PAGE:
It’s a New Legislative Year.  That means it’s time for California Governor Jerry Brown to give his “State of the State” address.  Undoubtedly, Brown along with his California Democrats and their supportive media will claim that California is in good shape.  The truth, however, is that California is facing real problems and is deeply divided economically and politically.

When we consider the state of the state, you might ask what is the core mission of government?  Keeping its citizens safe?  Educating its youth?  Taking care of its roads and water supply?  Or perhaps fostering economic prosperity?  Most people would count those among the most important.  On each of those counts, however, California is in real trouble and government policies are to blame.

Public safety, of course, should be THE core government function—yet California has big public safety problems.  Indeed, for decades now California has suffered from prison overcrowding and California Democrats have refused to build adequate prisons, or otherwise deal with the problem in a safe manner.

The problem became so severe, (1) that the US Supreme Court, nearly three years ago, ruled that the state had to reduce prison over crowding, and (2) that federal judges took over the administration of the prison health care system in 2005.  Judges taking over prison administration is an epic failure of the Legislature and the last two governors—but it gets worse.

Rather than sufficiently increase prison capacity, Brown and his Democrats forced the release of tens of thousands of prisoners with thousands more still to be released.  Many of those already released (and to be released) are felons, i.e. those with high rates of recidivism for more serious crimes. Predictably, crime is on the rise and the released prisoners are partly to blame.

Apparently that is not a sufficient enough concern for the Sacramento Democrats.  They remain wedded to their softon-crime policies, a lack of adequate prisons, and no budget reform for a state with one of the highest prisoner-to-prisoner worker ratio in the nation—read: too many public employee union members.

There is, however, a Department of Corrections doctor receiving $400,000 per year doing mail duty because he is considered “unfit” to treat patients—and yet cannot be fired.  Most would consider the state of the state’s prison system to be in serious trouble—except for the ruling Democrats in California.  That is the real state of their state.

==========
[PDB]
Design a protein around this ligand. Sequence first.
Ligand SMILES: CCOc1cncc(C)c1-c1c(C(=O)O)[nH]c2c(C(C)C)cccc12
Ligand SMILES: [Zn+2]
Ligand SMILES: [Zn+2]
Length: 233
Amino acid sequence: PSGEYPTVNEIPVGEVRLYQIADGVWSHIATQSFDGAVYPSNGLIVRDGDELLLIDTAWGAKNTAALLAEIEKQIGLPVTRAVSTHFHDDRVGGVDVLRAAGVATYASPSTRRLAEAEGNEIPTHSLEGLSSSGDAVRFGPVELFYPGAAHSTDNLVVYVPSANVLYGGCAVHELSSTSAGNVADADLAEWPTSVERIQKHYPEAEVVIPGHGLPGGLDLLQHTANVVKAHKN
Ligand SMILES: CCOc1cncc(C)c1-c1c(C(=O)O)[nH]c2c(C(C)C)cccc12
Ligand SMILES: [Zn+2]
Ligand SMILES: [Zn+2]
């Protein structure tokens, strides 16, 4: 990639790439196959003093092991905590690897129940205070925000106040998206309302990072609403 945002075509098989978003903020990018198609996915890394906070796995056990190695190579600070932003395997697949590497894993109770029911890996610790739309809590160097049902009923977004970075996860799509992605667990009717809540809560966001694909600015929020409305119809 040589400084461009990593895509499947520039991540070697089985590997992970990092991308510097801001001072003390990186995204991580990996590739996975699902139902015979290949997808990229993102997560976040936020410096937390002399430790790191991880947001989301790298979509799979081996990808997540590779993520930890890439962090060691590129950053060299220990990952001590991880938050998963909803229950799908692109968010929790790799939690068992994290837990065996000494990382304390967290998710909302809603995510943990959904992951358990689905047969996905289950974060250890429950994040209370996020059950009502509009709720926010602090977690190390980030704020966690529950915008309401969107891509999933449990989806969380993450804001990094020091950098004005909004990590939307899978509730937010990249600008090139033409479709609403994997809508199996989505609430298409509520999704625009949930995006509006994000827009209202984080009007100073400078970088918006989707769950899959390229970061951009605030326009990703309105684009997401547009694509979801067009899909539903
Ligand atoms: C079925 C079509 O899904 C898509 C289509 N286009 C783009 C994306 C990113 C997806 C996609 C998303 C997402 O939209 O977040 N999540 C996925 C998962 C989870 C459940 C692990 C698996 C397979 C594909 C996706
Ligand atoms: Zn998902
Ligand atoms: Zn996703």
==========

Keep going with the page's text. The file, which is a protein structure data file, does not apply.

Education you ask?  When it comes to its high school graduation ranking, California ranks 3rd to last in the nation.  Minority drop out rates exceed 60% in some Los Angeles high schools.  Of course, the Left’s only answer is more spending on a school system, which already features excessively high administrative costs and has been listed as one of the three worst states at training teachers. Most would consider the state of the state’s education system to be in serious trouble—except the ruling Democrats in California.  That is the real state of their state.

As for highways, California ranked 47th in the most recent of the Reason Foundation’s 20th Annual Highway Report on the Performance of State Highway Systems.  Only Hawaii, Rhode Island, and Alaska have it worse.  While most think a good highway system is critical to an economy, the current Governor Brown is allowing his father’s legacy of building highways literally to crumble.

Instead of fixing what exists, Brown Jr. is committing untold tens of billions to a high-speed rail system that almost nobody outside a public employee union wants.  Most would consider that the state of the state’s highway system to be in serious trouble—except the ruling Democrats in California.  That is the real state of their state.

Then there is the California water crisis.   Sadly, California is facing another severe drought, which will hurt residential and commercial customers badly.  Of course, California has experienced severe droughts before, so it understands a droughts potential to significantly damage the state’s economy.

You would think that increased water storage for a growing, drought-prone state would be a priority.  Instead, California farmers have been denied water for years to save a tiny baitfish and environmentalists have blocked the needed increased storage.

Most would consider the state of the state’s water delivery system to be in serious trouble and inadequate for California’s 38 million residents—except the ruling Democrats in California.  That is the real state of their state.

All of the above problems hurt the California economy.  So does the over $1.1 trillion in city, county and state debt or unfunded liabilities which keeps businesses away for fear of being a tax target.  That too is the state of the state.

Nevertheless, the Democrats argue that California is doing well.  The question, however, is for whom?  For some in the San Francisco Bay region and in the Los Angeles/Orange County area, it may well be.  But overall, California ranks 46th worst in unemployment in the country at 8.5%, 45th in job creation, 50th as a business start-up climate and #1 in poverty.